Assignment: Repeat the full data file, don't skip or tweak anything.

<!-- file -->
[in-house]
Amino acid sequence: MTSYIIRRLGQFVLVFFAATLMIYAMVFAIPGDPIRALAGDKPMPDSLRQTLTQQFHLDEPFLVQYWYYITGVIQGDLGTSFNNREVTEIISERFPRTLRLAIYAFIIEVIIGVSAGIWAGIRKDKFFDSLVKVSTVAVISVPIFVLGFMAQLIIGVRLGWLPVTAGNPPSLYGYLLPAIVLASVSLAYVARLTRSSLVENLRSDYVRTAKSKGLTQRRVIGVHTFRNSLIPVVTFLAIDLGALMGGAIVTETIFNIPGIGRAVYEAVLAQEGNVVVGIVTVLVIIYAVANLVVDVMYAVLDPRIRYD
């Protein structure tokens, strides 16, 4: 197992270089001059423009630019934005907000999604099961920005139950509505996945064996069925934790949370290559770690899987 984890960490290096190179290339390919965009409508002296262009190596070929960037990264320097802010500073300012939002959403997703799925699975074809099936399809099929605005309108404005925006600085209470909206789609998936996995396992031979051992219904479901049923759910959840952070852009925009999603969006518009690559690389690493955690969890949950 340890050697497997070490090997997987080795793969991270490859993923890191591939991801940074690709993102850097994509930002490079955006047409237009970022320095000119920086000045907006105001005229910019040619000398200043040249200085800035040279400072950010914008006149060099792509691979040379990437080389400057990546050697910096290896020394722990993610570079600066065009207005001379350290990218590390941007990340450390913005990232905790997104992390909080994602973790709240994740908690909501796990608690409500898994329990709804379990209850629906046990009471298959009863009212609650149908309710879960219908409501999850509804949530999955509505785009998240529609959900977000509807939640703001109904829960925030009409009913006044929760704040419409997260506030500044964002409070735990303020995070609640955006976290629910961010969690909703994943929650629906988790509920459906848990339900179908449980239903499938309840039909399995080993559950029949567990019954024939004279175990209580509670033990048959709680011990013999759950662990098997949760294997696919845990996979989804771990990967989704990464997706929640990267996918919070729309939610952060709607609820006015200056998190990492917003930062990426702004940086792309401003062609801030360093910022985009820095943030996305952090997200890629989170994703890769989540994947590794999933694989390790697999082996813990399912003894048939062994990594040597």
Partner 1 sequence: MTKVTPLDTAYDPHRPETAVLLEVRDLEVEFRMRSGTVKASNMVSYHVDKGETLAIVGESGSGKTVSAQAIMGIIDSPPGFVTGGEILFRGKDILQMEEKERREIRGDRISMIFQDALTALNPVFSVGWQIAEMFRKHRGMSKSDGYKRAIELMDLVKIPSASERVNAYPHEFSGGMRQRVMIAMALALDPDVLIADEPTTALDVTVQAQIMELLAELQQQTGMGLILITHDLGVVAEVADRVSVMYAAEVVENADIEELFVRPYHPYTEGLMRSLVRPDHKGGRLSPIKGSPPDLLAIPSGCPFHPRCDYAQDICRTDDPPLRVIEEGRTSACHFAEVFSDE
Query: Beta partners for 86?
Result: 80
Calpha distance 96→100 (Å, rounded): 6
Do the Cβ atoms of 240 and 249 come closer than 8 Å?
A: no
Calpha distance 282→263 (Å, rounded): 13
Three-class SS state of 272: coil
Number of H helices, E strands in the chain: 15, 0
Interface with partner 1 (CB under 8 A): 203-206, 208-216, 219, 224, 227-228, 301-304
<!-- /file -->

[in-house]
Amino acid sequence: MTSYIIRRLGQFVLVFFAATLMIYAMVFAIPGDPIRALAGDKPMPDSLRQTLTQQFHLDEPFLVQYWYYITGVIQGDLGTSFNNREVTEIISERFPRTLRLAIYAFIIEVIIGVSAGIWAGIRKDKFFDSLVKVSTVAVISVPIFVLGFMAQLIIGVRLGWLPVTAGNPPSLYGYLLPAIVLASVSLAYVARLTRSSLVENLRSDYVRTAKSKGLTQRRVIGVHTFRNSLIPVVTFLAIDLGALMGGAIVTETIFNIPGIGRAVYEAVLAQEGNVVVGIVTVLVIIYAVANLVVDVMYAVLDPRIRYD
């Protein structure tokens, strides 16, 4: 197992270089001059423009630019934005907000999604099961920005139950509505996945064996069925934790949370290559770690899987 984890960490290096190179290339390919965009409508002296262009190596070929960037990264320097802010500073300012939002959403997703799925699975074809099936399809099929605005309108404005925006600085209470909206789609998936996995396992031979051992219904479901049923759910959840952070852009925009999603969006518009690559690389690493955690969890949950 340890050697497997070490090997997987080795793969991270490859993923890191591939991801940074690709993102850097994509930002490079955006047409237009970022320095000119920086000045907006105001005229910019040619000398200043040249200085800035040279400072950010914008006149060099792509691979040379990437080389400057990546050697910096290896020394722990993610570079600066065009207005001379350290990218590390941007990340450390913005990232905790997104992390909080994602973790709240994740908690909501796990608690409500898994329990709804379990209850629906046990009471298959009863009212609650149908309710879960219908409501999850509804949530999955509505785009998240529609959900977000509807939640703001109904829960925030009409009913006044929760704040419409997260506030500044964002409070735990303020995070609640955006976290629910961010969690909703994943929650629906988790509920459906848990339900179908449980239903499938309840039909399995080993559950029949567990019954024939004279175990209580509670033990048959709680011990013999759950662990098997949760294997696919845990996979989804771990990967989704990464997706929640990267996918919070729309939610952060709607609820006015200056998190990492917003930062990426702004940086792309401003062609801030360093910022985009820095943030996305952090997200890629989170994703890769989540994947590794999933694989390790697999082996813990399912003894048939062994990594040597």
Partner 1 sequence: MTKVTPLDTAYDPHRPETAVLLEVRDLEVEFRMRSGTVKASNMVSYHVDKGETLAIVGESGSGKTVSAQAIMGIIDSPPGFVTGGEILFRGKDILQMEEKERREIRGDRISMIFQDALTALNPVFSVGWQIAEMFRKHRGMSKSDGYKRAIELMDLVKIPSASERVNAYPHEFSGGMRQRVMIAMALALDPDVLIADEPTTALDVTVQAQIMELLAELQQQTGMGLILITHDLGVVAEVADRVSVMYAAEVVENADIEELFVRPYHPYTEGLMRSLVRPDHKGGRLSPIKGSPPDLLAIPSGCPFHPRCDYAQDICRTDDPPLRVIEEGRTSACHFAEVFSDE
Query: Beta partners for 86?
Result: 80
Calpha distance 96→100 (Å, rounded): 6
Do the Cβ atoms of 240 and 249 come closer than 8 Å?
A: no
Calpha distance 282→263 (Å, rounded): 13
Three-class SS state of 272: coil
Number of H helices, E strands in the chain: 15, 0
Interface with partner 1 (CB under 8 A): 203-206, 208-216, 219, 224, 227-228, 301-304